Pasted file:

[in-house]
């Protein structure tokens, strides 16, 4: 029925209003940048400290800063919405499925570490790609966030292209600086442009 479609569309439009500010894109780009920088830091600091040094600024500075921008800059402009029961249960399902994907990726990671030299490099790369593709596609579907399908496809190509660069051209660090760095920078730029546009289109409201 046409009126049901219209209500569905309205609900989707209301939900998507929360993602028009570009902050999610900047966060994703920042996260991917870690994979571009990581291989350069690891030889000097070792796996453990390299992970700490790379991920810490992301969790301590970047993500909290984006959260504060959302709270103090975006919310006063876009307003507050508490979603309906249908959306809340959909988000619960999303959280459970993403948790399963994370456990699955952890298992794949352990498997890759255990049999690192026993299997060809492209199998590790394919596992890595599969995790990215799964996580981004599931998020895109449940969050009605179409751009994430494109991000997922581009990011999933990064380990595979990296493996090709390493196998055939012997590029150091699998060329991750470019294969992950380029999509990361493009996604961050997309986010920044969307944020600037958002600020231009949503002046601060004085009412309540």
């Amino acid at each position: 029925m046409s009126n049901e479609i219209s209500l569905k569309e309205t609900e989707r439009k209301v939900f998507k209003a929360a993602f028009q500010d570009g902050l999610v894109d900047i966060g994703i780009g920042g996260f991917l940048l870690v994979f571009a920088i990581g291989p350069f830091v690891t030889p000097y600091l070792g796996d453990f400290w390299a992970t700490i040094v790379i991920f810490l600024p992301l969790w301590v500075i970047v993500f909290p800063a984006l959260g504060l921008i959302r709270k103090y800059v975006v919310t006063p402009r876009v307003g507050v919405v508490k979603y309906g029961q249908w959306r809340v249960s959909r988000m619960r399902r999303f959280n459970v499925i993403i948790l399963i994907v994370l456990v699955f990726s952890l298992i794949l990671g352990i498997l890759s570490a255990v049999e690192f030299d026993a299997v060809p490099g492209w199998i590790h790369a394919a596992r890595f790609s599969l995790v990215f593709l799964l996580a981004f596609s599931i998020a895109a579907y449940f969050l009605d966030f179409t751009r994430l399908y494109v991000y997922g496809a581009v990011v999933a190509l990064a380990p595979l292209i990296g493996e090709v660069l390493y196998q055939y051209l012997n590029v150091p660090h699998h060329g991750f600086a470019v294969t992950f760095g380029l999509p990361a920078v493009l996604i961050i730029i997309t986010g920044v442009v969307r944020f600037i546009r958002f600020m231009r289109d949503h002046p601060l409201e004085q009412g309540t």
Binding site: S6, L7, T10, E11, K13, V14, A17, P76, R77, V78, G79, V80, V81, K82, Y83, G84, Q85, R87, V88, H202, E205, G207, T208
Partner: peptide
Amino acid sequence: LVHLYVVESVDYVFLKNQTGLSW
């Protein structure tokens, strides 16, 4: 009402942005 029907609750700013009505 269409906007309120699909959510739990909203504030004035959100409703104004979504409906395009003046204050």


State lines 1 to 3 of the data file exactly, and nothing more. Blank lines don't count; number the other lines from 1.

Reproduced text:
[in-house]
């Protein structure tokens, strides 16, 4: 029925209003940048400290800063919405499925570490790609966030292209600086442009 479609569309439009500010894109780009920088830091600091040094600024500075921008800059402009029961249960399902994907990726990671030299490099790369593709596609579907399908496809190509660069051209660090760095920078730029546009289109409201 046409009126049901219209209500569905309205609900989707209301939900998507929360993602028009570009902050999610900047966060994703920042996260991917870690994979571009990581291989350069690891030889000097070792796996453990390299992970700490790379991920810490992301969790301590970047993500909290984006959260504060959302709270103090975006919310006063876009307003507050508490979603309906249908959306809340959909988000619960999303959280459970993403948790399963994370456990699955952890298992794949352990498997890759255990049999690192026993299997060809492209199998590790394919596992890595599969995790990215799964996580981004599931998020895109449940969050009605179409751009994430494109991000997922581009990011999933990064380990595979990296493996090709390493196998055939012997590029150091699998060329991750470019294969992950380029999509990361493009996604961050997309986010920044969307944020600037958002600020231009949503002046601060004085009412309540």
């Amino acid at each position: 029925m046409s009126n049901e479609i219209s209500l569905k569309e309205t609900e989707r439009k209301v939900f998507k209003a929360a993602f028009q500010d570009g902050l999610v894109d900047i966060g994703i780009g920042g996260f991917l940048l870690v994979f571009a920088i990581g291989p350069f830091v690891t030889p000097y600091l070792g796996d453990f400290w390299a992970t700490i040094v790379i991920f810490l600024p992301l969790w301590v500075i970047v993500f909290p800063a984006l959260g504060l921008i959302r709270k103090y800059v975006v919310t006063p402009r876009v307003g507050v919405v508490k979603y309906g029961q249908w959306r809340v249960s959909r988000m619960r399902r999303f959280n459970v499925i993403i948790l399963i994907v994370l456990v699955f990726s952890l298992i794949l990671g352990i498997l890759s570490a255990v049999e690192f030299d026993a299997v060809p490099g492209w199998i590790h790369a394919a596992r890595f790609s599969l995790v990215f593709l799964l996580a981004f596609s599931i998020a895109a579907y449940f969050l009605d966030f179409t751009r994430l399908y494109v991000y997922g496809a581009v990011v999933a190509l990064a380990p595979l292209i990296g493996e090709v660069l390493y196998q055939y051209l012997n590029v150091p660090h699998h060329g991750f600086a470019v294969t992950f760095g380029l999509p990361a920078v493009l996604i961050i730029i997309t986010g920044v442009v969307r944020f600037i546009r958002f600020m231009r289109d949503h002046p601060l409201e004085q009412g309540t």